Was voted the Second Greatest Film Director of all time by Entertainment Weekly.
Biography in: John Wakeman, editor. "World Film Directors, Volume One, 1890- 1945". Pages 1168-1185. New York: The H.W. Wilson Company, 1987.
His 1937 Broadway stage production of William Shakespeare's "Julius Caesar"--in which the setting was changed to a modern Fascist Rome to reflect the Benito Mussolini era, but in which Shakespeare's language was completely retained--became, and still remains, the longest-running Broadway production of the play. Welles played Brutus. This production was never filmed, but years later Welles' former working partner John Houseman produced a traditional film version of the play for Metro-Goldwyn-Mayer, starring James Mason as Brutus, Marlon Brando as Marc Antony, and John Gielgud as Cassius.
Was suggested as a possible suspect by author Mary Pacios, in the mutilation murder of actress Elizabeth Short, known as "The Black Dahlia" case, in Los Angeles in 1947. Among other reasons, Pacios suggested Welles as a suspect because Welles' artwork for the surreal bizarre funhouse set in The Lady from Shanghai (1947) was similar in many ways to the mutilation and bisection of Elizabeth Short. Harry Cohn, the head of Columbia Pictures--the studio that produced The Lady from Shanghai--ordered the footage cut before release because of its disturbing resemblance to the murder.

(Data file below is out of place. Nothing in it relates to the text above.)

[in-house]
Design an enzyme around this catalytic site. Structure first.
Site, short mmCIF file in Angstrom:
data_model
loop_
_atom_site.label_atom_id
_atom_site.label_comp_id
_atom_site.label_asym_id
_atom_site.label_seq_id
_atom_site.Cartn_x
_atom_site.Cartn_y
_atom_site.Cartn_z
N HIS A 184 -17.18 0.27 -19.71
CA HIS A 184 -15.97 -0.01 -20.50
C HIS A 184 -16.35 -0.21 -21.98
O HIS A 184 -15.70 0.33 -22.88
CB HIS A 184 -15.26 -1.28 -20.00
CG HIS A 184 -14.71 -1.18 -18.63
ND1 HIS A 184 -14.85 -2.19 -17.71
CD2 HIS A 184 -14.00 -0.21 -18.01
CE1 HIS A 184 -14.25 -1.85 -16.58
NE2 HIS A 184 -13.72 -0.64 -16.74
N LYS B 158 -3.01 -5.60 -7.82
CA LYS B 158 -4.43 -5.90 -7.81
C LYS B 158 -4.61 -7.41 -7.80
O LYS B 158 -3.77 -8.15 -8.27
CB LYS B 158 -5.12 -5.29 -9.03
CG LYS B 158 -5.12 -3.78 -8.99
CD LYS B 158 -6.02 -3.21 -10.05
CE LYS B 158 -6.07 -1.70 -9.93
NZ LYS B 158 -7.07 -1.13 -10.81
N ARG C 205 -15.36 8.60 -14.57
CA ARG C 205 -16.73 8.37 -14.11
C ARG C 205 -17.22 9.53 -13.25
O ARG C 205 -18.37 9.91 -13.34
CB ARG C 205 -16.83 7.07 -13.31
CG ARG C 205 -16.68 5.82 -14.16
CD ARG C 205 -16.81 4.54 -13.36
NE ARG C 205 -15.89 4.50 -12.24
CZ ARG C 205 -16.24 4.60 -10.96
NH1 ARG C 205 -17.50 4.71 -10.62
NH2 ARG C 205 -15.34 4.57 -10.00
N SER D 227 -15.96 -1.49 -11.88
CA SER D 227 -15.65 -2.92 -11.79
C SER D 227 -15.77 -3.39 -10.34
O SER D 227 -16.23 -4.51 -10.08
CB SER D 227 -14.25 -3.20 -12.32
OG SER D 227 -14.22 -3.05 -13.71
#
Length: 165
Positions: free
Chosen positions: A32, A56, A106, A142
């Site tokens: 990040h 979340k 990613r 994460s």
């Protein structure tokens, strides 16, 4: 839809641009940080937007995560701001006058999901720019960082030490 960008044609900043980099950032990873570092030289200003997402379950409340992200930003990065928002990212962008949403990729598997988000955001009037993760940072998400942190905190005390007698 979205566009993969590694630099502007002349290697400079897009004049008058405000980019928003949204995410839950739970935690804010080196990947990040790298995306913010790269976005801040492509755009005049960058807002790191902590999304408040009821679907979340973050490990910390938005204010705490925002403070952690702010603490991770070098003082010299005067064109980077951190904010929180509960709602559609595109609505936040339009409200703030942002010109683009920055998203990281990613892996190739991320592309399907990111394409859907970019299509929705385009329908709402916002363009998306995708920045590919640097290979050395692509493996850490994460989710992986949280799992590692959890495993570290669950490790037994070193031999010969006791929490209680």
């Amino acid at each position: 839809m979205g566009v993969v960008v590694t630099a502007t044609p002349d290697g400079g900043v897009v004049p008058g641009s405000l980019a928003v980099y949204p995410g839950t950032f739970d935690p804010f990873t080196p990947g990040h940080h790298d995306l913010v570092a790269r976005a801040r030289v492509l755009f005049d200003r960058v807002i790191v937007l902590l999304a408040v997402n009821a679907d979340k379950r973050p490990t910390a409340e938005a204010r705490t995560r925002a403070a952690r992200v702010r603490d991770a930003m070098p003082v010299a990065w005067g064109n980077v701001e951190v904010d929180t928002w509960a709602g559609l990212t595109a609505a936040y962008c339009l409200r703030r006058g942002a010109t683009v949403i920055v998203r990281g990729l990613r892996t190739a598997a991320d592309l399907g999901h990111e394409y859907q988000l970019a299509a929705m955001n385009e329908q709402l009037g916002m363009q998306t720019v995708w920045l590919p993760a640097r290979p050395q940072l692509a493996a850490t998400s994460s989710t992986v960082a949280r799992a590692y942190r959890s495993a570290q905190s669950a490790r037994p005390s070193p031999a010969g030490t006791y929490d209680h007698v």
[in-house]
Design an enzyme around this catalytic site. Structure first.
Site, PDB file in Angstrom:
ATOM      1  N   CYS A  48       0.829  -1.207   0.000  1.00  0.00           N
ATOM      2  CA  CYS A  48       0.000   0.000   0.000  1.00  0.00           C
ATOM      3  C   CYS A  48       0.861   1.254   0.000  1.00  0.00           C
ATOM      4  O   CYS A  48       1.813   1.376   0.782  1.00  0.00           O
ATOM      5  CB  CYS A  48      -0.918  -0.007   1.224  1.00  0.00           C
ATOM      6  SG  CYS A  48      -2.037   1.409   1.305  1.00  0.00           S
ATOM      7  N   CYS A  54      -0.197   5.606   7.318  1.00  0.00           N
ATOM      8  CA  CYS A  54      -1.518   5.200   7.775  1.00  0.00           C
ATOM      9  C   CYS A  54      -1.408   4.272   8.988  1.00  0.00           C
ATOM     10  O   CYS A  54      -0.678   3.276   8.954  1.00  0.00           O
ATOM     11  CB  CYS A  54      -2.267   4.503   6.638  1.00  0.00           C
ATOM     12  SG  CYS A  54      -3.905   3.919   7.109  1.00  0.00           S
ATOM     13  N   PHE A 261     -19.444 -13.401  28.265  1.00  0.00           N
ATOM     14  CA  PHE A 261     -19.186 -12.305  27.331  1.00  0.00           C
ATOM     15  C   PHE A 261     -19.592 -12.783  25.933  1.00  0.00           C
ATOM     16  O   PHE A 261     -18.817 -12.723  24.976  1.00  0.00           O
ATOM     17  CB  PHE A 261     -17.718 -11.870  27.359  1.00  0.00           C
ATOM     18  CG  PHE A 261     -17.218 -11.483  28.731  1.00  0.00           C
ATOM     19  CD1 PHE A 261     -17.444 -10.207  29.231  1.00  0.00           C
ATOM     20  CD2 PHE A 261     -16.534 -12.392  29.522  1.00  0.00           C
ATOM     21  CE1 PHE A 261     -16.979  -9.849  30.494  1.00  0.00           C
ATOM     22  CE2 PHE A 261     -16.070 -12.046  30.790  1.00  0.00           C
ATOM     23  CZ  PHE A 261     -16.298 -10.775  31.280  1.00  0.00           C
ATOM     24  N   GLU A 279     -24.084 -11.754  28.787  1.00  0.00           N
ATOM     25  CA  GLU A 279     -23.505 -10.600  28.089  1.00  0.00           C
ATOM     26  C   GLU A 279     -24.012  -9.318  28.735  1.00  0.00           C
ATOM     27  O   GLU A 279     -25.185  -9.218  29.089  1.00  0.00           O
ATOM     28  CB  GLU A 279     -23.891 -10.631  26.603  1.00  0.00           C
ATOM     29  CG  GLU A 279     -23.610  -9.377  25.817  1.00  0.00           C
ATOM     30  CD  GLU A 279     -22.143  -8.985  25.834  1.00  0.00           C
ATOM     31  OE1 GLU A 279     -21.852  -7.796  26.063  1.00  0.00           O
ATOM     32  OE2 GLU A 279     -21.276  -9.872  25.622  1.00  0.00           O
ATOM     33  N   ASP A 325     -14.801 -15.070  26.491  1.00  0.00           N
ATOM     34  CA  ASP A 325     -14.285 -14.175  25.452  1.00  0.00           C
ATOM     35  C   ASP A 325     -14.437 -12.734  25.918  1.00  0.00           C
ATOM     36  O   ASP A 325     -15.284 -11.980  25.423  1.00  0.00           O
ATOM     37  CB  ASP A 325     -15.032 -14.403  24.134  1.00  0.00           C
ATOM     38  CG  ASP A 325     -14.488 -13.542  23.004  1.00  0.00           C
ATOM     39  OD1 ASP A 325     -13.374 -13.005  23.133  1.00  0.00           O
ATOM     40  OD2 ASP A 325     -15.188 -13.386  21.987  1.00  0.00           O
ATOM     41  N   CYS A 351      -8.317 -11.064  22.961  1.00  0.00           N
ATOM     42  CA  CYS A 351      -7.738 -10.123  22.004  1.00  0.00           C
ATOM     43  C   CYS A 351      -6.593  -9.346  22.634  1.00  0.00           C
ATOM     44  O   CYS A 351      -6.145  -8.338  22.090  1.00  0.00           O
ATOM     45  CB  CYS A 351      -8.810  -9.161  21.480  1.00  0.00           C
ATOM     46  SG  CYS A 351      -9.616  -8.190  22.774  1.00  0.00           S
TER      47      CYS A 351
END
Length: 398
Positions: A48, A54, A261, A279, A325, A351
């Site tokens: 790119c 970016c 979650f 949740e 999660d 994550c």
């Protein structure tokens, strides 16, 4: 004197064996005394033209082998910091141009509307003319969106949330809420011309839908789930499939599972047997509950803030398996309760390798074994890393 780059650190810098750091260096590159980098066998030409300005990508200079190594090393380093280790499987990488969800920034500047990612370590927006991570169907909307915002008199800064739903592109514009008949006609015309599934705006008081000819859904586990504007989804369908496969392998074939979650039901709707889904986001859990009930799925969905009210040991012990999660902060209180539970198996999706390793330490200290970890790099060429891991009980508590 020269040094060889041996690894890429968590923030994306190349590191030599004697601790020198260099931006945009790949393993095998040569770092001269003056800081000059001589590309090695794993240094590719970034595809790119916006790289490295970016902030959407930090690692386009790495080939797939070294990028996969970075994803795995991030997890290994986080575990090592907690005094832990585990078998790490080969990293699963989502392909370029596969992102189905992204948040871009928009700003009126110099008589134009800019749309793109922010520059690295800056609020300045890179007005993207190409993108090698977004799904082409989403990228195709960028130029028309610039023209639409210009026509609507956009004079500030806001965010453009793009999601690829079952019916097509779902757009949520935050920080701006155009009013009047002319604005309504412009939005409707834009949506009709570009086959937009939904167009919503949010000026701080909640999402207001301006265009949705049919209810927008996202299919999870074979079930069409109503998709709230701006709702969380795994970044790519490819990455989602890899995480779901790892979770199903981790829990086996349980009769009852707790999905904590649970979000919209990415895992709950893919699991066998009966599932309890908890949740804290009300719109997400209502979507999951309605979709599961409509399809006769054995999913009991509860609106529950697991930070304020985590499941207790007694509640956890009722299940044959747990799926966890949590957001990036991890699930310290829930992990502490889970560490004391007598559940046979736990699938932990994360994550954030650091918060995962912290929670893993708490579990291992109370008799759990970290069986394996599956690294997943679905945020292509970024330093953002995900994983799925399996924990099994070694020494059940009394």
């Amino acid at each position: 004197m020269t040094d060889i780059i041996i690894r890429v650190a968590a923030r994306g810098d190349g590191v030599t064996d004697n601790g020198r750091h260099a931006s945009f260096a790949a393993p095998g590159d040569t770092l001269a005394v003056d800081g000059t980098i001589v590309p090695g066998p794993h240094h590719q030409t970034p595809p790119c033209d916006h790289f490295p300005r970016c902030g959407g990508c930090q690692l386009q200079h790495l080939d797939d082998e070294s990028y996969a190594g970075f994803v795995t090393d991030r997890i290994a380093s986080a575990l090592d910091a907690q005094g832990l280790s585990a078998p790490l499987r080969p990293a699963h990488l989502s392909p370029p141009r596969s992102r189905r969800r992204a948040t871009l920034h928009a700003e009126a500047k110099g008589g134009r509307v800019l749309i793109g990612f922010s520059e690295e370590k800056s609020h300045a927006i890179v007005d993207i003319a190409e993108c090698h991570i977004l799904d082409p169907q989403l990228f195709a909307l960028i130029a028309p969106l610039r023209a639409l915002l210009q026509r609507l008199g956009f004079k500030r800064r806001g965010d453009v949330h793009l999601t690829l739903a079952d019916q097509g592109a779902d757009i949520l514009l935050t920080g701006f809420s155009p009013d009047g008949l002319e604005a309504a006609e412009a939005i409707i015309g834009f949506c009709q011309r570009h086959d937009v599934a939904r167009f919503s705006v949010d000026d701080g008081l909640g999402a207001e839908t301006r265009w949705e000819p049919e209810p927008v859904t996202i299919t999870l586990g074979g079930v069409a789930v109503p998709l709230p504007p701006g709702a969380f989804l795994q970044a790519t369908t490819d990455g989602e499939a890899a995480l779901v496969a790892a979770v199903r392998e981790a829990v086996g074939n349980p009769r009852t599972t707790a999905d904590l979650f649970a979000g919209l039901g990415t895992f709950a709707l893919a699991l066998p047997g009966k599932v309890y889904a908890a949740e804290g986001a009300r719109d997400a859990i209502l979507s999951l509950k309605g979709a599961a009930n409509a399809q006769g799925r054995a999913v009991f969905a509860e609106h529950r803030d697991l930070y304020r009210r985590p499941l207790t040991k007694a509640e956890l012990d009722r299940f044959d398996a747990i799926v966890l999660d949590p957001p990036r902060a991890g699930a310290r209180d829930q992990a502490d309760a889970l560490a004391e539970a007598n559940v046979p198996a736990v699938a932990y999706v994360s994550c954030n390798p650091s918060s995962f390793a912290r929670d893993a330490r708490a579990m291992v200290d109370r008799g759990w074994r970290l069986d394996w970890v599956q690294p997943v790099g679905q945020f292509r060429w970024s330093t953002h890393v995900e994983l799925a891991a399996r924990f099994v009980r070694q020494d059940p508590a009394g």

When he signed on to direct Touch of Evil (1958), instead of reading the book on which it was based--a pulp novel named "Badge of Evil"--Welles completely changed an early draft of the script.
Told Peter Bogdanovich that, as a practicing magician, he became adept at the old carny trick of fortune-telling, but he became so good at it that it scared him. He was worried that he would come to believe he actually did have the power to tell the future, like the self-deluded fortune tellers known as a "shut eye".
He had wanted to make films of two literary masterpieces, Herman Melville's "Moby Dick" and Joseph Heller's "Catch-22", but had to be satisfied in having supporting roles in the films made of the two books by John Huston (Moby Dick (1956)) and Mike Nichols (Catch-22 (1970)).
Wrote his novel "Mr. Arkadian" during an extended stay with Laurence Olivier and his wife Vivien Leigh. Welles was appearing at Olivier's St. James Theater in London at the time.
Laurence Olivier had wanted to cast him as Buckingham in Richard III (1955), his film of William Shakespeare's play "Richard III", but gave the role to Ralph Richardson, his oldest friend, because Richardson wanted it. In his autobiography, Olivier says he wishes he had disappointed Richardson and cast Welles instead, as he would have brought an extra element to the screen, an intelligence that would have gone well with the plot element of conspiracy.